Re: Collecting real world use cases (Was: Fixing appcache: a proposal to get us started)

I think there are some good use cases for not-quite-offline as well. Sort
of a combination of your twitter and wikipedia use cases:

Community-content site: Logged-out users have content cached aggressively
offline - meaning every page visited should be cached until told otherwise.
Intermediate caches / proxies should be able to cache the latest version of
a URL. As soon as a user logs in, the same urls they just used should now
have editing controls. (note that actual page contents *may* not have not
changed, just the UI) Pages now need to be "fresh" meaning that users
should never edit stale content. In an ideal world, once a logged in user
has edited a page, that page is "pushed" to users or proxies who have
previously cached that page and will likely visit it again soon.

I know this example in particular seems like it could be accomplished with
a series of If-Modified-Since / 304's, but connection latency is the killer
here, especially for mobile - the fact that you have a white screen while
you wait to see if the page has changed. The idea that you could visit a
cached page, (i.e. avoid hitting the network) and then a few seconds later
be told "there is a newer version of this page available" after the fact,
(or even just silently update the page so the next visit delivers a fresh
but network-free page) would be pretty huge. Especially if you could then
proactively fetch a select set of pages - i.e. imagine an in-browser
process that says "for each link on this page, if I have a stale copy of
the url, go fetch it in the background so it is ready in the cache"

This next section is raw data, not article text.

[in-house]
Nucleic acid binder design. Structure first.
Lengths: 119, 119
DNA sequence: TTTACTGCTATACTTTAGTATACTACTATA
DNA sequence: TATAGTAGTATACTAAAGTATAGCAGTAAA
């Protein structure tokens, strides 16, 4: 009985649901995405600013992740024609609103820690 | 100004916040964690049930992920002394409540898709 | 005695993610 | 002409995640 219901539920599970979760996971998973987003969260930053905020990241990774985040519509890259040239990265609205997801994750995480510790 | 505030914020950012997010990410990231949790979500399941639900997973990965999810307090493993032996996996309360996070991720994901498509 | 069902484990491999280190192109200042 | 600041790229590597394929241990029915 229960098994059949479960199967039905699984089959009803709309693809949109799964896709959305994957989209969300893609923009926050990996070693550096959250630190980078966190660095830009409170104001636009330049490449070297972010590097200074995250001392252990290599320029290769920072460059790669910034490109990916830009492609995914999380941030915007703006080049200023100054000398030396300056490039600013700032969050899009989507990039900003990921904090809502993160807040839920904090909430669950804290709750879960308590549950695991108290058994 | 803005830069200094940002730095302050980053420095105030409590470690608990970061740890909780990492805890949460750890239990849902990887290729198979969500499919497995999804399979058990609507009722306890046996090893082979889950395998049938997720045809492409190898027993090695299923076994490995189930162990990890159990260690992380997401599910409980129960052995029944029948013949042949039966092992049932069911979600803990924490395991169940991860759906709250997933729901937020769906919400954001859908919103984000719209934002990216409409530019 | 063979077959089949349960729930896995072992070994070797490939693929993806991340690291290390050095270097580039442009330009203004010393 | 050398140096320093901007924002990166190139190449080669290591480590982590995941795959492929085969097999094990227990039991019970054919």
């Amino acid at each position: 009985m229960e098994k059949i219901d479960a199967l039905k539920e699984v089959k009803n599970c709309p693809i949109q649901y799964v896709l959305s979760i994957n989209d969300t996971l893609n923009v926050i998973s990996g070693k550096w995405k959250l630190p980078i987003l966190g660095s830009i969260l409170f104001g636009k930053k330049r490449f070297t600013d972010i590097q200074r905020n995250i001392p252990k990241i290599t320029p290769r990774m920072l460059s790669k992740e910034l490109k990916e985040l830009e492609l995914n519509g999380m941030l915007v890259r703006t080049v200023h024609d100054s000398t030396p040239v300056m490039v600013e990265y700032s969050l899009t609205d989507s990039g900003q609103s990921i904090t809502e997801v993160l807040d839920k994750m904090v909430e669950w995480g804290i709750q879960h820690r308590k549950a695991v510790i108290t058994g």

(On this note it would probably be worth reaching out to the wiki
foundation to learn about the hassle they've gone through over the years
trying to distribute the load of wikipedia traffic given the constraints of
HTTP caching, broken proxies, CDNs, ISPs, etc)


On Tue, Apr 30, 2013 at 9:06 PM, Jonas Sicking <> wrote:

> On Apr 18, 2013 6:19 PM, "Paul Bakaus" <> wrote:
> >
> > Hi Jonas,
> >
> > Thanks for this  I feel this is heading somewhere, finally! I still need
> > to work on submitting my full feedback, but I'd like to mention this: Why
> > did nobody so far in this thread include real world use cases?
> >
> > For a highly complex topic like this in particular, I would think that
> > collecting a large number of user use cases, not only requirements, and
> > furthermore finding the lowest common denominator based on them, would
> > prove very helpful, even if it's just about validation and making people
> > understand your lengthy proposal. I.e. "a news reader that needs to sync
> > content, but has an offline UI".
> >
> > Do you have a list collected somewhere?
> Sorry for not including the list in the initial email. It was long
> enough as it was so I decided to stop.
> Some of the use cases we discussed were:
> Small simple game
> The game consists of a set of static resources. A few HTML pages, like
> high score page, start page, in-game page, etc. A larger number of
> media resources. A few "data resources" which contain level metadata.
> Small amount of dynamic data being generated, such as progress on each
> level, high score, user info.
> In-game performance is critical, all resources must be guaranteed to
> be available locally once the game starts.
> Little need for network connectivity other than to update game
> resources whenever an update is available.
> Advanced game
> Same as simple game, but also downloads additional levels dynamically.
> Also wants to store game progress on servers so that it can be synced
> across devices.
> Wikipedia
> Top level page and its resources are made available offline.
> Application logic can enable additional pages to be made available